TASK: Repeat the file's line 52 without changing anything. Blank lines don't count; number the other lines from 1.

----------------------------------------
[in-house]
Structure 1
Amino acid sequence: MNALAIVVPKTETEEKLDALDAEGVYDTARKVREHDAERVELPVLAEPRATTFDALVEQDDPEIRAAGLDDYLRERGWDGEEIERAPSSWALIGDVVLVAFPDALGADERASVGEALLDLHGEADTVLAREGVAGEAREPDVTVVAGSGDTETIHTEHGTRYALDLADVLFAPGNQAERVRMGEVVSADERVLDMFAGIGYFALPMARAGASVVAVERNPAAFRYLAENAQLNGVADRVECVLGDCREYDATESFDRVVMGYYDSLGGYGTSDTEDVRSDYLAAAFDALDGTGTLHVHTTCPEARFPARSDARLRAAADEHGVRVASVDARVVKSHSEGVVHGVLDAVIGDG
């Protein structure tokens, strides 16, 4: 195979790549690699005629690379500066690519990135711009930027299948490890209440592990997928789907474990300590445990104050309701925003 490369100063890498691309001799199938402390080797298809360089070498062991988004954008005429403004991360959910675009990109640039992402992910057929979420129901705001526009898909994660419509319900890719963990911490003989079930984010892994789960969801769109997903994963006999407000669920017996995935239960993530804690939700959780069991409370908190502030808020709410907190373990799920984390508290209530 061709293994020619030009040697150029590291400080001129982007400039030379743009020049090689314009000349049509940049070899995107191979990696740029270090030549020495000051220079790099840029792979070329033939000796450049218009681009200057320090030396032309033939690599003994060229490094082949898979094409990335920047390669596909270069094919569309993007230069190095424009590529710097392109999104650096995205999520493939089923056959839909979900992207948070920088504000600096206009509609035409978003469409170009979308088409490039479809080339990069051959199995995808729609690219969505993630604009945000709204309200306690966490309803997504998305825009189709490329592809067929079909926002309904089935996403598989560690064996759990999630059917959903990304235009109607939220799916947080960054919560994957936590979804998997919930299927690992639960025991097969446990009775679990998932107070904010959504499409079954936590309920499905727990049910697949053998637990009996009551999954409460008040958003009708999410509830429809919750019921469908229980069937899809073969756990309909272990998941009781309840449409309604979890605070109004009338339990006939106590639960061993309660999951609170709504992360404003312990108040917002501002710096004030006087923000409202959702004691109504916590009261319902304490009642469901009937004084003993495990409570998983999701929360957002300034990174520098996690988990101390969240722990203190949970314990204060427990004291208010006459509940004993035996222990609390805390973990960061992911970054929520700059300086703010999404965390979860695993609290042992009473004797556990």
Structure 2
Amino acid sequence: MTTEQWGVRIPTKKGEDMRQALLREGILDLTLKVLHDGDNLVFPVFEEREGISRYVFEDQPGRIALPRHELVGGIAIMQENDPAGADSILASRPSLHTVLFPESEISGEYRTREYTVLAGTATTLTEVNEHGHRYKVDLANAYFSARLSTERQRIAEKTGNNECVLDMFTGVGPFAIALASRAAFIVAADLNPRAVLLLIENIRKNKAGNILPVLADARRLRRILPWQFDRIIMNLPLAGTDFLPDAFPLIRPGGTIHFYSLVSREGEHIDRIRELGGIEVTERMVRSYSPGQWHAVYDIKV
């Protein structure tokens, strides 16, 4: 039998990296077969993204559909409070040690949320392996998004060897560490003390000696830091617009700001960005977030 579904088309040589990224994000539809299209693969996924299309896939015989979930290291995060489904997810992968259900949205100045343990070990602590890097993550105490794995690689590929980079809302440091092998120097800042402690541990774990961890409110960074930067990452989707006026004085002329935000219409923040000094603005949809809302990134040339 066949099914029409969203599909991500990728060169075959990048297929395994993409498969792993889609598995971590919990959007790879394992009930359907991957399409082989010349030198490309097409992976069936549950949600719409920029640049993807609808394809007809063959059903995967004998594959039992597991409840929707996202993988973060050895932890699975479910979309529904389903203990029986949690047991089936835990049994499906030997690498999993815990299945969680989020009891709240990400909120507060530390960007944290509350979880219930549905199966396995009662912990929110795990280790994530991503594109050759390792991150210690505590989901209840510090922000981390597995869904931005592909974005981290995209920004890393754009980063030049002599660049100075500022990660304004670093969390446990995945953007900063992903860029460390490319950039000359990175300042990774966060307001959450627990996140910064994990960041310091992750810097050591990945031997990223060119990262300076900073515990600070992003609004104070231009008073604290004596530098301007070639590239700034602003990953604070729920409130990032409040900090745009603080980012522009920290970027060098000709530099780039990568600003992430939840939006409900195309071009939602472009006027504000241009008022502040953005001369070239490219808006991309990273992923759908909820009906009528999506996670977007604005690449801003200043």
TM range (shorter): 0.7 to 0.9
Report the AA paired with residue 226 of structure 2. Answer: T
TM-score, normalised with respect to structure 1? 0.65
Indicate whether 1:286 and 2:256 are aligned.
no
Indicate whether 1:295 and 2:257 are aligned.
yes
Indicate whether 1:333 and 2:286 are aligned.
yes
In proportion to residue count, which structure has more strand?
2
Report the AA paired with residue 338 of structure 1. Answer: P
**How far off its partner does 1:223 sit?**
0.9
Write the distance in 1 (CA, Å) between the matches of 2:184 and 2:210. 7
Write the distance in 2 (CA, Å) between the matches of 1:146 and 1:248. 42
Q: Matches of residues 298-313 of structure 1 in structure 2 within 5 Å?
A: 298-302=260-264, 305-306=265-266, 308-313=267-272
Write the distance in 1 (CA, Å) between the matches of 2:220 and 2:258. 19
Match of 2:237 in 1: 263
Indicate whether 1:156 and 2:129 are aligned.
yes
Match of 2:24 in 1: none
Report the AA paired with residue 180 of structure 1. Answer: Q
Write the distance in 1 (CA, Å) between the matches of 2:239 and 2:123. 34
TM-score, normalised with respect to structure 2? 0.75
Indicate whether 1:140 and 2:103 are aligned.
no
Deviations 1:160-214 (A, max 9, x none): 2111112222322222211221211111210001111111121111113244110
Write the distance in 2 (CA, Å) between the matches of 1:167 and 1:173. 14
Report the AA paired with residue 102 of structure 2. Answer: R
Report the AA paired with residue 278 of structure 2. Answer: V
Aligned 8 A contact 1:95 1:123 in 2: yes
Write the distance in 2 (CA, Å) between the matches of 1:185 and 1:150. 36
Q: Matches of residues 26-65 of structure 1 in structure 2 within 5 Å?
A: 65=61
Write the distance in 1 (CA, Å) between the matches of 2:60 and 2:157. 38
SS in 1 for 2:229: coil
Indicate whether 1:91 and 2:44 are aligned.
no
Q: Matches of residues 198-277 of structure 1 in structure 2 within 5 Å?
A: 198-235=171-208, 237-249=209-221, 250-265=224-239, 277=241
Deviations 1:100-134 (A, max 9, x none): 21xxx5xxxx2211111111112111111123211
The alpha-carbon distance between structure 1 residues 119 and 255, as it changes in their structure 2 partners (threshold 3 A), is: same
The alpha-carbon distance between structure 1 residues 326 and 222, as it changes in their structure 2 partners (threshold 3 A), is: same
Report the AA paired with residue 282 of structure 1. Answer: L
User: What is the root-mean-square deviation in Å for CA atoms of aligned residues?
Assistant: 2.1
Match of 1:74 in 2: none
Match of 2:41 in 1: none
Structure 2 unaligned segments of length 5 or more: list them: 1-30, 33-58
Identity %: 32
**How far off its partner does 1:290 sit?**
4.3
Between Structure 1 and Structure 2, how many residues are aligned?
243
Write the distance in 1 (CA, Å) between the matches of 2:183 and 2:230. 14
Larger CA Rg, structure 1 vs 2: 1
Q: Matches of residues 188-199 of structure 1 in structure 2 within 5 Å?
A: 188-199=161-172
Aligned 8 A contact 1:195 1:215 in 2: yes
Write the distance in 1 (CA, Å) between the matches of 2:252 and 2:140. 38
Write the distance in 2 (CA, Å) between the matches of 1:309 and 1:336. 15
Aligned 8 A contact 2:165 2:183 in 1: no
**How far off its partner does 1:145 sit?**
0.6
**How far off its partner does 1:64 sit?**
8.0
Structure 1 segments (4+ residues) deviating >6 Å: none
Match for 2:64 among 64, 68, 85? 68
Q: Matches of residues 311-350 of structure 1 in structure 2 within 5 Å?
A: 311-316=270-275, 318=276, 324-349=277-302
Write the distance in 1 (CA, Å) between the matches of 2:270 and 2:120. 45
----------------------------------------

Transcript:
The alpha-carbon distance between structure 1 residues 326 and 222, as it changes in their structure 2 partners (threshold 3 A), is: same